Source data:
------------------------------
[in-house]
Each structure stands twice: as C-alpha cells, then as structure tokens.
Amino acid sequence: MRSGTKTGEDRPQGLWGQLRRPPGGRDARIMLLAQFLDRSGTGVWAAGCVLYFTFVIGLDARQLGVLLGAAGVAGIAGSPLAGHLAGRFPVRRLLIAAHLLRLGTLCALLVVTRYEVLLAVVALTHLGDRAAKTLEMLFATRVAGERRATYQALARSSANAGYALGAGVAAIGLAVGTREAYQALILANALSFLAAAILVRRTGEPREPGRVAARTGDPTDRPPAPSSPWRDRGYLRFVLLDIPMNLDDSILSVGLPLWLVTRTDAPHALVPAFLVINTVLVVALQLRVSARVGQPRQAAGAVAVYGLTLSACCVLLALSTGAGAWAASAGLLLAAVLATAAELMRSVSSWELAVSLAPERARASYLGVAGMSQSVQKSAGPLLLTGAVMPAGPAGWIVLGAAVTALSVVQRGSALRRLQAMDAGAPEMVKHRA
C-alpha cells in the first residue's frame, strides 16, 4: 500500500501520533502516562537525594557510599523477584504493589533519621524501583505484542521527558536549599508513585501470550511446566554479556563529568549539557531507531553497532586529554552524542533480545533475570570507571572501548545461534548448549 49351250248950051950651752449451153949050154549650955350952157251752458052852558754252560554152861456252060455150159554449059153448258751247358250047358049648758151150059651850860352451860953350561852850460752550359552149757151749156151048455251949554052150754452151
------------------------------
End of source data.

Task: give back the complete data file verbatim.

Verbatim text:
[in-house]
Each structure stands twice: as C-alpha cells, then as structure tokens.
Amino acid sequence: MRSGTKTGEDRPQGLWGQLRRPPGGRDARIMLLAQFLDRSGTGVWAAGCVLYFTFVIGLDARQLGVLLGAAGVAGIAGSPLAGHLAGRFPVRRLLIAAHLLRLGTLCALLVVTRYEVLLAVVALTHLGDRAAKTLEMLFATRVAGERRATYQALARSSANAGYALGAGVAAIGLAVGTREAYQALILANALSFLAAAILVRRTGEPREPGRVAARTGDPTDRPPAPSSPWRDRGYLRFVLLDIPMNLDDSILSVGLPLWLVTRTDAPHALVPAFLVINTVLVVALQLRVSARVGQPRQAAGAVAVYGLTLSACCVLLALSTGAGAWAASAGLLLAAVLATAAELMRSVSSWELAVSLAPERARASYLGVAGMSQSVQKSAGPLLLTGAVMPAGPAGWIVLGAAVTALSVVQRGSALRRLQAMDAGAPEMVKHRA
C-alpha cells in the first residue's frame, strides 16, 4: 500500500501520533502516562537525594557510599523477584504493589533519621524501583505484542521527558536549599508513585501470550511446566554479556563529568549539557531507531553497532586529554552524542533480545533475570570507571572501548545461534548448549 49351250248950051950651752449451153949050154549650955350952157251752458052852558754252560554152861456252060455150159554449059153448258751247358250047358049648758151150059651850860352451860953350561852850460752550359552149757151749156151048455251949554052150754452151